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In this course, photographer Derrick Story teaches the concepts and techniques behind efficient photo management and backup, which becomes increasingly important as a photo collection grows. The course begins by showing how to transfer and organize photos "by hand"—that is, by copying them from a memory card to a hard drive without using software. In the second portion of the course, discover how to take advantage of the photo-management features provided by programs such as Lightroom and Aperture, by assigning descriptive keywords, by giving photos ratings and color-coded labels, and how smart album features can automatically collect photos that meet certain criteria.
The course concludes with a look at aspects of a good backup and archival strategy, ranging from the best file format for long-term backup to the best hardware options for offline storage.
Once you have your images in Lightroom, you want to determine which ones are the better ones. One of the principles of being organized is knowing which are your best shots. For example, I have a number of hot air balloon shots here, shot at dawn, and if I were to come back and want to grab one to send to a friend to let him know what a great time I had shooting this, I don't want to have to keep going through the images over and over again to determine the best one. So what I like to do is, when I first look at them, give them a rating, or flag them, or a color label. We can do all three here in Lightroom, and I am just going to whip through that right now.
Now, the first thing I want to tell you is that you can clean up this interface when you're doing certain tasks. For example, right now we don't need the information over here in the navigator. I can just go ahead and collapse that, right there, and that gives me little bit more space to look at my photos. I am going to double-click here on this shot, and now I have a good look at it. Now if I want to do the rating system, that's quite simple. I like to go through my images twice. First time, just to get a feel for them and give them a basic thumbs-up or thumbs-down rating, which I do with two stars. And then the second time through, after I have seen everything, I can assign at least a semifinal rating. You never know; these things are always subject to change.
So if it's a decent shot, I give it two stars. So I am just going to hit the 2 key, and then hit the Arrow key; 1 key, because this one is marginal to me. 2; I like this one a lot, I will probably come back to it. 2, 2, 2, 2, there we go; and the last one right here. Then we're to another shoot, which I don't want to work on at the moment; I want to stay focused on this hot air balloon shoot.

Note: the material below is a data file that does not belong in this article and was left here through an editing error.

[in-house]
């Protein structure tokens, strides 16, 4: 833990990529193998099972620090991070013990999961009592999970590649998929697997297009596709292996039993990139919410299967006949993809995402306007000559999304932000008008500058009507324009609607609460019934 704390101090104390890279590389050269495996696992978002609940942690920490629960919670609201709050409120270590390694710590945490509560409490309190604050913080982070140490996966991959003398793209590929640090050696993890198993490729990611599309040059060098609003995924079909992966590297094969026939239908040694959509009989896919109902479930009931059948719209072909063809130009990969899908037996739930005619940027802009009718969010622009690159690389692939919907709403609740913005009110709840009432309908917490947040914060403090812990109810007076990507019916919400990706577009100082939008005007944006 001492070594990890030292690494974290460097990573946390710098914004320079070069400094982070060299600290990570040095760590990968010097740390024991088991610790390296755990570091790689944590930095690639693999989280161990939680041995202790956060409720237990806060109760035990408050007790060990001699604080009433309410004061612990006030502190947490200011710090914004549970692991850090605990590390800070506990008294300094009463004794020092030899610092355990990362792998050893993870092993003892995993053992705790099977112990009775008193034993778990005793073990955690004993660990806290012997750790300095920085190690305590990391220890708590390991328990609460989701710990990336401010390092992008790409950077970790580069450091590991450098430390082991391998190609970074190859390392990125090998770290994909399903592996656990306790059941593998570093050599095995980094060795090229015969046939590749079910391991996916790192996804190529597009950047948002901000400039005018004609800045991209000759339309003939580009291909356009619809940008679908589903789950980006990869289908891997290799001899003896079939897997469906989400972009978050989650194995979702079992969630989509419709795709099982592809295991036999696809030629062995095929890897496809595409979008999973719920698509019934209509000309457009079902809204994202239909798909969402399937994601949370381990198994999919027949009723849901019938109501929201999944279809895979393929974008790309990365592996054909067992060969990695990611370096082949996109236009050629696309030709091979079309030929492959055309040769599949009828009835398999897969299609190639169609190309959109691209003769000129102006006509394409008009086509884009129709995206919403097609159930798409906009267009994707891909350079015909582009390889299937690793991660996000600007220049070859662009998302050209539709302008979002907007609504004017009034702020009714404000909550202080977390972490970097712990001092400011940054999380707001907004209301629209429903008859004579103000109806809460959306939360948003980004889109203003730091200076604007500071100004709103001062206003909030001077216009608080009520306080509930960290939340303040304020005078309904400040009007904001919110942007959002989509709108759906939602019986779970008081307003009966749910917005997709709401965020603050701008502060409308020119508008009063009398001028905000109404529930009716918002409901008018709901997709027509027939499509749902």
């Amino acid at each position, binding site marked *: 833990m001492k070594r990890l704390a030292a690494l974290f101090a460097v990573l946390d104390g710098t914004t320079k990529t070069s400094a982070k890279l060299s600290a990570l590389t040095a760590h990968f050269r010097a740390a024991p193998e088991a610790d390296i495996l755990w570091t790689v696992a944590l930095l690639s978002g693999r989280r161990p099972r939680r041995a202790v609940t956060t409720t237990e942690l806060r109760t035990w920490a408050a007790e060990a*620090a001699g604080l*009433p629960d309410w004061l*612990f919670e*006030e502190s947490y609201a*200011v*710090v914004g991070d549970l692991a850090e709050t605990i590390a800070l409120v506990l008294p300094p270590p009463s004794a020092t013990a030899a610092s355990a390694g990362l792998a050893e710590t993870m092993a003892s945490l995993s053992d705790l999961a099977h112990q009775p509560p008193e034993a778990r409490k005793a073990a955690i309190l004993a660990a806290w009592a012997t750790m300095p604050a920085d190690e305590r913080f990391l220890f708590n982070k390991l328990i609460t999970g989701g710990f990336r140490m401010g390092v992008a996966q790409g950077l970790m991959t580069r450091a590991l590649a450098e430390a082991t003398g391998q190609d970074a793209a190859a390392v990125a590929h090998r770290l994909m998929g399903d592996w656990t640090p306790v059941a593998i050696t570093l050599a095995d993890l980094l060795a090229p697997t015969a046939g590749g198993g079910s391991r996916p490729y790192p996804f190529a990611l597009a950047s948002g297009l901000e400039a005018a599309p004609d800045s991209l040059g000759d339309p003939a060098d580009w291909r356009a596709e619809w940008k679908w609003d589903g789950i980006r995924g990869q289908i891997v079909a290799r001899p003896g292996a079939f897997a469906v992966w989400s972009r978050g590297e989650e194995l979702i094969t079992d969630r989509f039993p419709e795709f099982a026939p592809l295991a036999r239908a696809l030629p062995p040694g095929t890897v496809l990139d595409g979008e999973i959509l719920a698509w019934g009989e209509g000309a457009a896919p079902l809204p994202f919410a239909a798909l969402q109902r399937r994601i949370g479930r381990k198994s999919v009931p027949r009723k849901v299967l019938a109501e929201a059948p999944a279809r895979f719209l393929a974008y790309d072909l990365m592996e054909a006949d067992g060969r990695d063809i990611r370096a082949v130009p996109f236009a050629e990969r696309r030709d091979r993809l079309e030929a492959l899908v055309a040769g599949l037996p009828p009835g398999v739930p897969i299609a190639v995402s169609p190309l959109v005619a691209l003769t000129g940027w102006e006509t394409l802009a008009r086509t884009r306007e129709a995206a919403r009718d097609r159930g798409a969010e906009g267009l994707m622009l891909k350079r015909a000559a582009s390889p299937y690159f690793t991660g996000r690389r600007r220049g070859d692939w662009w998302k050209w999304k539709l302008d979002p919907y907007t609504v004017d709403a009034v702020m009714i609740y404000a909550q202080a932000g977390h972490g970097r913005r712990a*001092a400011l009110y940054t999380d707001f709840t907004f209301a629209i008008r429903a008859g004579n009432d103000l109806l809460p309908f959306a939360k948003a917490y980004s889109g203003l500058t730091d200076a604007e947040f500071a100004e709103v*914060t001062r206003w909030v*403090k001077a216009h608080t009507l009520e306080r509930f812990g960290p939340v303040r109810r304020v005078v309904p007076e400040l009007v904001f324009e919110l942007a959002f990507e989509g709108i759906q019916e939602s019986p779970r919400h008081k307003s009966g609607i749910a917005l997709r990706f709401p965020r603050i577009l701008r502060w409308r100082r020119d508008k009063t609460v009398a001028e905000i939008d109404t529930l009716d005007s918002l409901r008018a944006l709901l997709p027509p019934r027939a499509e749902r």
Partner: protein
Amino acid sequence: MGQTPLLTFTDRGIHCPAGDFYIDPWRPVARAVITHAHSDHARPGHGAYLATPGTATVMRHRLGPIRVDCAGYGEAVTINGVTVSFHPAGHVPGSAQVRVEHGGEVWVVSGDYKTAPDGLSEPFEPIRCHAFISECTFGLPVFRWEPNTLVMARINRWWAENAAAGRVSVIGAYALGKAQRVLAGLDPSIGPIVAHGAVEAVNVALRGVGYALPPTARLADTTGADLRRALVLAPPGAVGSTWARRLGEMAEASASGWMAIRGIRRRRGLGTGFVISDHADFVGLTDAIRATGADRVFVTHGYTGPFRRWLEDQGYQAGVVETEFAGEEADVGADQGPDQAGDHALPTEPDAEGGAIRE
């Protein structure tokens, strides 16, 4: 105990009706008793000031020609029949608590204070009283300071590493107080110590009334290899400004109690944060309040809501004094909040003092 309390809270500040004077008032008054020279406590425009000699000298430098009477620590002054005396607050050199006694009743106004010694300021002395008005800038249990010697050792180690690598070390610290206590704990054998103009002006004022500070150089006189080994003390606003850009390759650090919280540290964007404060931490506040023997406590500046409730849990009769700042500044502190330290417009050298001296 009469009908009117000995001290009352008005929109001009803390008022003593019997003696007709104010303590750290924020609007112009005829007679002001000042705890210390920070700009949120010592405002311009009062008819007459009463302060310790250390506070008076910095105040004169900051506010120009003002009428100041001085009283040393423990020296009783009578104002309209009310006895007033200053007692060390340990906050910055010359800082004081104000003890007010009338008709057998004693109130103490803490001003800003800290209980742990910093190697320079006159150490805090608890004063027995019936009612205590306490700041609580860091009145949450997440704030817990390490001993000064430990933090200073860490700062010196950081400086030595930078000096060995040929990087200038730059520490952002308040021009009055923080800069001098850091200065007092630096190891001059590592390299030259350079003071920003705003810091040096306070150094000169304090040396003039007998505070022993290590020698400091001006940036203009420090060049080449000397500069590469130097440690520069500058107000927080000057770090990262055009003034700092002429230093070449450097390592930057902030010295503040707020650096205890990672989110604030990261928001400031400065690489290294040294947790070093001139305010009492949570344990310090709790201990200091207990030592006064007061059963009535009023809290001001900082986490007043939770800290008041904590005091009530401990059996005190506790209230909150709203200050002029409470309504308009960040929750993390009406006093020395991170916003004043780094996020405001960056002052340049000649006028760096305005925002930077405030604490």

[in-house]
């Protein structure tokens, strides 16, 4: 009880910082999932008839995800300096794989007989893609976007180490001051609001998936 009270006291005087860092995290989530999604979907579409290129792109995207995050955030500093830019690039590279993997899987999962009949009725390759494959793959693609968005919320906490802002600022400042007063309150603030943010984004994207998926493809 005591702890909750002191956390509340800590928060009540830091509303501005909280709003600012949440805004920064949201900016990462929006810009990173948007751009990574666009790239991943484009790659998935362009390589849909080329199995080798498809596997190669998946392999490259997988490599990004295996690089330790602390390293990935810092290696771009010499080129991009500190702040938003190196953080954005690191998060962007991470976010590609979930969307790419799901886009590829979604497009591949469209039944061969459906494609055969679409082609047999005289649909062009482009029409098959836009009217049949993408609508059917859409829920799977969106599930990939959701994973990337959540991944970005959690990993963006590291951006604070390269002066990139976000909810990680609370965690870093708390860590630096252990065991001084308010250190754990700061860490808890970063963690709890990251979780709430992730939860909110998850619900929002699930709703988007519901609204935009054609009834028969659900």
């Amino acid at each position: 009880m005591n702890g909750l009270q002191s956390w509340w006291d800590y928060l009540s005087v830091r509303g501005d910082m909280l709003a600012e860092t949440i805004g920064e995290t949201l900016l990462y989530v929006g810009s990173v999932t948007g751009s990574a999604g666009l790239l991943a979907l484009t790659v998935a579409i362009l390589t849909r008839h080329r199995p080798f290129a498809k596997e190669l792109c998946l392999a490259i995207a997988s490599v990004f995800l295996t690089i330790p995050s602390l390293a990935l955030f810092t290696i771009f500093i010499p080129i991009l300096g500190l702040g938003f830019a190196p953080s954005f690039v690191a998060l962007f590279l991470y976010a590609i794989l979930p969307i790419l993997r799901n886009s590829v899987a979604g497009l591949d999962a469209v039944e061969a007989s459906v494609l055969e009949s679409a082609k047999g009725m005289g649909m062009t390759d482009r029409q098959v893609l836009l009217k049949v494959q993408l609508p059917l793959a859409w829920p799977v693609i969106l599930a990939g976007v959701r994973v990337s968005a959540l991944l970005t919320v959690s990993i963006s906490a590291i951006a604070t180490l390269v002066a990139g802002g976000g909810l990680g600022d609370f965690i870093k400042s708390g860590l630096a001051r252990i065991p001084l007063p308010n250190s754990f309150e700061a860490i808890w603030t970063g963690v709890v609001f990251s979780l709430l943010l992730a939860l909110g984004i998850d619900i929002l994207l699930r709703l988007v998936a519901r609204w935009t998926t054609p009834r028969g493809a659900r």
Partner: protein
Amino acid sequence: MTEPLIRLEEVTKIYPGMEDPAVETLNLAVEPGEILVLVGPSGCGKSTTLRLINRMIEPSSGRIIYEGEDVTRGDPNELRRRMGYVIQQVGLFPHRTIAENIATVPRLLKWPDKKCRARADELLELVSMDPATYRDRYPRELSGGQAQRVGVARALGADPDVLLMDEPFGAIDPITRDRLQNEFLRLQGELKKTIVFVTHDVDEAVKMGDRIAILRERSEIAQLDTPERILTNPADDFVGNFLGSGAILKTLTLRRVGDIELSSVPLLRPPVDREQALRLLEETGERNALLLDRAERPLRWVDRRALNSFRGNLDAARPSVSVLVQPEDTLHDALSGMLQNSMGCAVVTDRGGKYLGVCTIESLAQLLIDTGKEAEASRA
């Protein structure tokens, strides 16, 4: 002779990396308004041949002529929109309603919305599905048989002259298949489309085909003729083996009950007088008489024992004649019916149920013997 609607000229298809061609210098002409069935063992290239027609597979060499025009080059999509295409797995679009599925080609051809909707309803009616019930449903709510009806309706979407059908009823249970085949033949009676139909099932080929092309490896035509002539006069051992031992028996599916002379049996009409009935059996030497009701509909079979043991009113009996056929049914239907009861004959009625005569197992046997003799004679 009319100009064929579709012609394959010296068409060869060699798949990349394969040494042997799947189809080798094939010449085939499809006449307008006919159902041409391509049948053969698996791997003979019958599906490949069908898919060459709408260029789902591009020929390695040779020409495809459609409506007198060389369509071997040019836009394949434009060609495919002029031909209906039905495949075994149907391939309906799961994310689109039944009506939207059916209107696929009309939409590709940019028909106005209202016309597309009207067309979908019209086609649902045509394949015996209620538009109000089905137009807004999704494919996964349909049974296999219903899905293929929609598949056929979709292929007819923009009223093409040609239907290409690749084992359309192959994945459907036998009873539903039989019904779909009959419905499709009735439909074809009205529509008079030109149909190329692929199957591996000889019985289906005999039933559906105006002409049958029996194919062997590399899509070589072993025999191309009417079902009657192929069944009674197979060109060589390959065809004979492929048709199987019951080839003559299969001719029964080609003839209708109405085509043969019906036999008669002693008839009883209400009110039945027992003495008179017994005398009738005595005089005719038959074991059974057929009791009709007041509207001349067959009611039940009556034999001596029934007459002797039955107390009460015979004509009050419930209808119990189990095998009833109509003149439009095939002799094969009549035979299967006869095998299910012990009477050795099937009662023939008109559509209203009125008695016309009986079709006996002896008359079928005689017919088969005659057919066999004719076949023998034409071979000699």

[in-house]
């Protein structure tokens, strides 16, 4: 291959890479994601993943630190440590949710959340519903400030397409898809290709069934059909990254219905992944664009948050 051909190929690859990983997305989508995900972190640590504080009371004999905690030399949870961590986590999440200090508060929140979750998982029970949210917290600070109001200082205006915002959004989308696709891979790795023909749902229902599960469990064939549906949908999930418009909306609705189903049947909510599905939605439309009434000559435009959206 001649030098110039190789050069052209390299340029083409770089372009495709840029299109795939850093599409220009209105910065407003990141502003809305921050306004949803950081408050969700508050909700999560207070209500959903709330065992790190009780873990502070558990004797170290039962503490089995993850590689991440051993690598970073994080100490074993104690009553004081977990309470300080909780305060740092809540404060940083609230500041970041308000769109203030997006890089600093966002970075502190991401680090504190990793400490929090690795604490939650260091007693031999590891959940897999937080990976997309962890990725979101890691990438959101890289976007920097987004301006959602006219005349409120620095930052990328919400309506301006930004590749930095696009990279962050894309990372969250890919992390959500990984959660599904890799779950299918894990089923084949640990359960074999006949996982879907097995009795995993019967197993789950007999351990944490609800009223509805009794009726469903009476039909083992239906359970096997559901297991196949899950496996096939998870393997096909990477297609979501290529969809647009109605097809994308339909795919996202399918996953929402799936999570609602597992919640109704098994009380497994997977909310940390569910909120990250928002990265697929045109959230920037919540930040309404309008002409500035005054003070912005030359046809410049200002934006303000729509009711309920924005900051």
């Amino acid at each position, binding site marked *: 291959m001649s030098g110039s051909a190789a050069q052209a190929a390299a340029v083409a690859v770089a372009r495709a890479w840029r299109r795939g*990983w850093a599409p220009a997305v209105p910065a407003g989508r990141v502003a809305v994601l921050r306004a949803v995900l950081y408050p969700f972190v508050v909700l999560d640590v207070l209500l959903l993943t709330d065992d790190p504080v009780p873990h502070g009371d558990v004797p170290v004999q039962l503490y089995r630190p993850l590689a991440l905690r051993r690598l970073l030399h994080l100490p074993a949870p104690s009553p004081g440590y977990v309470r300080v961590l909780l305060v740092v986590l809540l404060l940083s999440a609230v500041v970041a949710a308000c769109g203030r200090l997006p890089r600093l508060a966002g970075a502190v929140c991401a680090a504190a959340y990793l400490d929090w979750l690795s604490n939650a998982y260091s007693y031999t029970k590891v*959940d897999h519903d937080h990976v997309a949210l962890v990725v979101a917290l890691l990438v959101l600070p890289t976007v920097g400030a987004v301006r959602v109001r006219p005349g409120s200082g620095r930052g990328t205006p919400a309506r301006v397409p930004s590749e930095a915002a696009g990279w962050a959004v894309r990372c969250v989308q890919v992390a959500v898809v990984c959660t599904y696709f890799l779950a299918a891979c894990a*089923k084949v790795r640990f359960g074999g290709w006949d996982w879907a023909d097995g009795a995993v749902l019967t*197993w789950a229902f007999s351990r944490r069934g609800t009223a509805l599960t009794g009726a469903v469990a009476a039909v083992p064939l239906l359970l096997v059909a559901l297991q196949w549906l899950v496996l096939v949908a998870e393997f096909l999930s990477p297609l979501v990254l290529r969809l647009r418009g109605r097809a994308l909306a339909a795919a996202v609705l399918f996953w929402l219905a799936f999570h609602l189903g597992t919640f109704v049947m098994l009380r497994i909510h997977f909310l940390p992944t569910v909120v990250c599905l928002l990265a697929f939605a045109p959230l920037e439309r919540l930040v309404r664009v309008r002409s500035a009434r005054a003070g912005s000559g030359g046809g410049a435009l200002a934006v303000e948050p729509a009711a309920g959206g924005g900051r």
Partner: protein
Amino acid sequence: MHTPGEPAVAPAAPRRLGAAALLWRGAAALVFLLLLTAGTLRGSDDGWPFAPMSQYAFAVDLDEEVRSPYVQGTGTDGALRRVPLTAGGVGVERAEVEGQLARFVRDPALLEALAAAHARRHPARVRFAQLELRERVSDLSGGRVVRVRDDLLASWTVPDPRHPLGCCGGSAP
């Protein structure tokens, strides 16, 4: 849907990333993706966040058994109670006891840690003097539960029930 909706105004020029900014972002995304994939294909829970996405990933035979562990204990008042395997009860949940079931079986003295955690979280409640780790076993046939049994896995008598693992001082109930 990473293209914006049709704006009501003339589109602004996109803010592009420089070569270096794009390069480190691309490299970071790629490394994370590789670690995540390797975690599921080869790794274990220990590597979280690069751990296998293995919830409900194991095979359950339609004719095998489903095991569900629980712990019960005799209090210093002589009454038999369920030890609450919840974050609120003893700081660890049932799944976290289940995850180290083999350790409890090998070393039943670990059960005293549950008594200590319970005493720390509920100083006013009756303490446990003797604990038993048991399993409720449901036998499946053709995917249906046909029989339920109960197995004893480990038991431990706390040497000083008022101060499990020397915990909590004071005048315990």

So I am going to go back to the beginning, and I am going to go back through just one more time. This one I will leave at 2; leave that one at 1. I like this one a lot, so I am going to up it to 3. 2, 2, 2, 2; maybe give this one a 3, maybe give this one a 3. So that's a simple star rating. Now if I hit the G key, I come back to the grid, and just by looking quickly at my images I can see which ones I feel are the better shots.
Now you have a few other tools to do this. Let me show you flagging. Flagging is fun. Here's the way I remember flagging: it's P, U. I know that doesn't sound great, but the P key sets a flag for the shot. I am going to hit the P key right now. And the U key unflags the shot. And you can see over here when the flag goes -- now you can click on these to set these, but I would rather use the P, U keys, just because. So if I was going through here, and I wanted to, instead of star rating, just give a shot a flag to let me know that it's one of my favorites, then I could just hit the P key to do that.
And if I change my mind later, I could hit the U key to unflag it. I am going to hit G one more time to go back to grid. And the last way that you can set a photo apart from the others is using color labels, and those are the 6 through 9 keys. So I am going to hit the 6 key right here, and it sets that label to red. We are working with this guy right here. 7 key, yellow. These are customizable, by the way. 8, green, and 9, blue.
So if you really wanted to throw all of your markers onto one photo, you could flag it, have a high star rating, and give it a color label. But what most folks do is they use one or two of these systems to help them remember which are their best shots, so when they come back to a particular collection they know right away, visually scanning the collection, which are the good shots, and which ones aren't.
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